He's a former agent with a bone to pick with MI-6 and particularly M, who gives a brief justification of her abandonment of him. This issue is never questioned or expanded upon by any of the characters. Skyfall is content to let us know that there might be a moral issue here, but it has no interest in actually dealing with it. The brutal use of people, fed into the machine of human intelligence and gunfights that is the recent Bond movies - that goes unexamined, even though the entire motivation of the villain is to get M to examine herself. Because Rodriguez nee Silva never gets a chance to be right, he is never proved wrong and so his hatred of M lingers with the viewer longer than I think it was intended to. That Javier Bardem makes the character work at all is a testament to his talent and presence on screen.

Let's now talk about the misogyny. First of all, the easy example. Bond meets a henchwoman in Macau. Her name is Severine (though in fact the movie develops her so little I had to look up her name on Wikipedia), and she is magnetic. The self-control covering gnawing fear, the self-possession of her body language, the strange and fragile hope which she places in Bond to free her from slavery. Then she is killed by the villain to mess with Bond. Perhaps the point is that Bond failed her, that agents cannot rescue everyone who needs rescue - but this is never pointed out in any way by the movie, and in fact her quiet, senseless death is overshadowed by the arrival of Bond's backup. What should be a stirring moment was for me a waste. Why couldn't they have arrived ten seconds earlier and saved her? Why is her death so meaningless? Why is she in this movie if she has no purpose? Is she just here to look pretty and vulnerable, sleep with Bond, and then die?

Do not, please, tell me that this is part of the Bond movie milieu. Skyfall is not based on a Fleming novel, and even if it were there is no reason that an adaptation has to carry across misogyny and the linking of female sexuality and death. Nor ought it to contain its other strange message about gender: that women cannot be trusted in fieldwork or authoritative positions. Early in the movie Bond tells Eve that field work is not for everyone, and near the end she accepts his advice and accepts an administrative posting, becoming Moneypenny. This might fly if it was a decision she made herself, but because of Bond's blunt assessment earlier it has nasty undertones of women can't do this manly manly job. Screw you, Skyfall.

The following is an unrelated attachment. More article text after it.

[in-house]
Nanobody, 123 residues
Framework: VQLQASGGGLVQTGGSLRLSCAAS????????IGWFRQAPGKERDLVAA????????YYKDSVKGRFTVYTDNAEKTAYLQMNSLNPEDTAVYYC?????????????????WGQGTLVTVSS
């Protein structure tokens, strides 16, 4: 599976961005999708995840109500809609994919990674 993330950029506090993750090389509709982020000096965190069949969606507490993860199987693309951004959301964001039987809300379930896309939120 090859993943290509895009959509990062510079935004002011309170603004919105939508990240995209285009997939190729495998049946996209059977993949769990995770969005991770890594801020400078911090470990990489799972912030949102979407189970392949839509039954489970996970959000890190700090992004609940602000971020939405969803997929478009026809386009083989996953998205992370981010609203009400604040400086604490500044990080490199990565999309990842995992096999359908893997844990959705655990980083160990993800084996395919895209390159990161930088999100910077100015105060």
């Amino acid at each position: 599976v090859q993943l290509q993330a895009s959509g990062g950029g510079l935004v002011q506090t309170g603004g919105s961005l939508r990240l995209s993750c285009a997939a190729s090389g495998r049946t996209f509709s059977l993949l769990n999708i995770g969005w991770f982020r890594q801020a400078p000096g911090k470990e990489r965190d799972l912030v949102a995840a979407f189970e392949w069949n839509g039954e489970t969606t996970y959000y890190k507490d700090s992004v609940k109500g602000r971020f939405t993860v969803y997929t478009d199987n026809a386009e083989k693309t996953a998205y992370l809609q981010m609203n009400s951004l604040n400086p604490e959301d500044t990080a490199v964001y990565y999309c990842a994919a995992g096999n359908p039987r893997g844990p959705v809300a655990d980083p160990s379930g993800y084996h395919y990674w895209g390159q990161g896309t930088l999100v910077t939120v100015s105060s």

Now, I'm a Christian. I get my spiritual truth from the Bible. Let's flick to Judges chapter four, down to verse eighteen. Jael invites this guy in to her tent, gives him a drink to put him at ease, and when he's asleep hammers a tent peg through his skull. Now, this might not have been a moral thing to do. But it was certainly stone cold and I think's it pretty clear evidence - which is borne out in the world around us - that woman are just as capable of violence, and duties which involve violence, as men.

Also M is treated oddly. She tells Eve to take that shot, even though Bond is in the way. Later she gives a perfectly reasonable justification for her decision and Bond says she lost her nerve. Yes - because the heads of intelligence agencies are commonly very nervous people. The whole thing has nasty undertones of oh women are so emotional. And at the end of the movie, after M's death, she is replaced by a man. This would be no problem if it wasn't for all the weird gender roles stuff the movie had spent so much time implying. As it is, it reeks of the idea that women can't control their emotions and so can't be trusted with Important Decisions.

In summary: a beautiful movie as long you don't listen to anything anyone says.

Sunday, December 2, 2012

Solomon's Story (First Draft)

I was king of Israel, and I ruled from the city of Jerusalem. I decided to spend my life studying, to become wise and understand the things that happen in this world. I studied everything that happens under the sun and none of it meant anything. It was like a dog chasing cars.

And I said to myself, "I am the wisest king my country has ever had. I know as much as anyone in the world about wisdom and knowledge." So I stuck with my study of the world. I studied madness, and folly. And I realised that my wisdom didn't mean anything, either. I was no better than a dog, still chasing those cars.